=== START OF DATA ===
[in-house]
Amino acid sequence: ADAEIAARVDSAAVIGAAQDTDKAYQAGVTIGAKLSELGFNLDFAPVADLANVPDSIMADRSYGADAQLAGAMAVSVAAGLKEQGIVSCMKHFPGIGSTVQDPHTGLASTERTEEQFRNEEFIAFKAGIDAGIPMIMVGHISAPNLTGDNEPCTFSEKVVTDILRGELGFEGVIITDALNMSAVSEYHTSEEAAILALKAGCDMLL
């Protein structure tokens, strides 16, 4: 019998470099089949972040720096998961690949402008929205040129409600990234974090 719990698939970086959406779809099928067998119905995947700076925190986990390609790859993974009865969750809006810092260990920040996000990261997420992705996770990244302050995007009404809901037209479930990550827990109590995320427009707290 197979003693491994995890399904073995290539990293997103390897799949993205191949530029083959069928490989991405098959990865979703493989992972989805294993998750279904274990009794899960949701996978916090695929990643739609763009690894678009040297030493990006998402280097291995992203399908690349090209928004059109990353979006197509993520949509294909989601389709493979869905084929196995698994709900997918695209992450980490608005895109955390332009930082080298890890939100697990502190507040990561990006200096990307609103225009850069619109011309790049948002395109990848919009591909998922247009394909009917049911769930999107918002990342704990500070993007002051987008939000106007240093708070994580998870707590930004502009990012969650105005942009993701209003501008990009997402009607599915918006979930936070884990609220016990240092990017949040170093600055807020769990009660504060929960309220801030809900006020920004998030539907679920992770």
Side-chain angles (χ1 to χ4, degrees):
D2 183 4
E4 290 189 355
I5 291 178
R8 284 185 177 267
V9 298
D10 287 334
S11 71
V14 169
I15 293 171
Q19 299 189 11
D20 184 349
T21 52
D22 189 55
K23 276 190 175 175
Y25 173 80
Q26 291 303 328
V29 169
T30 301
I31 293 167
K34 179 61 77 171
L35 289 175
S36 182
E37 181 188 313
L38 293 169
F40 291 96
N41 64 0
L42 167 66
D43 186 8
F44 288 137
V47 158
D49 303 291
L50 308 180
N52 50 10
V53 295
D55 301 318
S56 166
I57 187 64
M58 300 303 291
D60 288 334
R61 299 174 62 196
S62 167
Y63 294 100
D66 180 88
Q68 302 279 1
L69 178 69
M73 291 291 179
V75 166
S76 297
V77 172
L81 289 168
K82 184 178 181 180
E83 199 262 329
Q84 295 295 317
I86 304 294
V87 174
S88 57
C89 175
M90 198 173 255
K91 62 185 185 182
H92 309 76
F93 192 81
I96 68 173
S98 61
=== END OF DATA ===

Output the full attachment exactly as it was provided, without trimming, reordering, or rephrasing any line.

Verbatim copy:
[in-house]
Amino acid sequence: ADAEIAARVDSAAVIGAAQDTDKAYQAGVTIGAKLSELGFNLDFAPVADLANVPDSIMADRSYGADAQLAGAMAVSVAAGLKEQGIVSCMKHFPGIGSTVQDPHTGLASTERTEEQFRNEEFIAFKAGIDAGIPMIMVGHISAPNLTGDNEPCTFSEKVVTDILRGELGFEGVIITDALNMSAVSEYHTSEEAAILALKAGCDMLL
């Protein structure tokens, strides 16, 4: 019998470099089949972040720096998961690949402008929205040129409600990234974090 719990698939970086959406779809099928067998119905995947700076925190986990390609790859993974009865969750809006810092260990920040996000990261997420992705996770990244302050995007009404809901037209479930990550827990109590995320427009707290 197979003693491994995890399904073995290539990293997103390897799949993205191949530029083959069928490989991405098959990865979703493989992972989805294993998750279904274990009794899960949701996978916090695929990643739609763009690894678009040297030493990006998402280097291995992203399908690349090209928004059109990353979006197509993520949509294909989601389709493979869905084929196995698994709900997918695209992450980490608005895109955390332009930082080298890890939100697990502190507040990561990006200096990307609103225009850069619109011309790049948002395109990848919009591909998922247009394909009917049911769930999107918002990342704990500070993007002051987008939000106007240093708070994580998870707590930004502009990012969650105005942009993701209003501008990009997402009607599915918006979930936070884990609220016990240092990017949040170093600055807020769990009660504060929960309220801030809900006020920004998030539907679920992770």
Side-chain angles (χ1 to χ4, degrees):
D2 183 4
E4 290 189 355
I5 291 178
R8 284 185 177 267
V9 298
D10 287 334
S11 71
V14 169
I15 293 171
Q19 299 189 11
D20 184 349
T21 52
D22 189 55
K23 276 190 175 175
Y25 173 80
Q26 291 303 328
V29 169
T30 301
I31 293 167
K34 179 61 77 171
L35 289 175
S36 182
E37 181 188 313
L38 293 169
F40 291 96
N41 64 0
L42 167 66
D43 186 8
F44 288 137
V47 158
D49 303 291
L50 308 180
N52 50 10
V53 295
D55 301 318
S56 166
I57 187 64
M58 300 303 291
D60 288 334
R61 299 174 62 196
S62 167
Y63 294 100
D66 180 88
Q68 302 279 1
L69 178 69
M73 291 291 179
V75 166
S76 297
V77 172
L81 289 168
K82 184 178 181 180
E83 199 262 329
Q84 295 295 317
I86 304 294
V87 174
S88 57
C89 175
M90 198 173 255
K91 62 185 185 182
H92 309 76
F93 192 81
I96 68 173
S98 61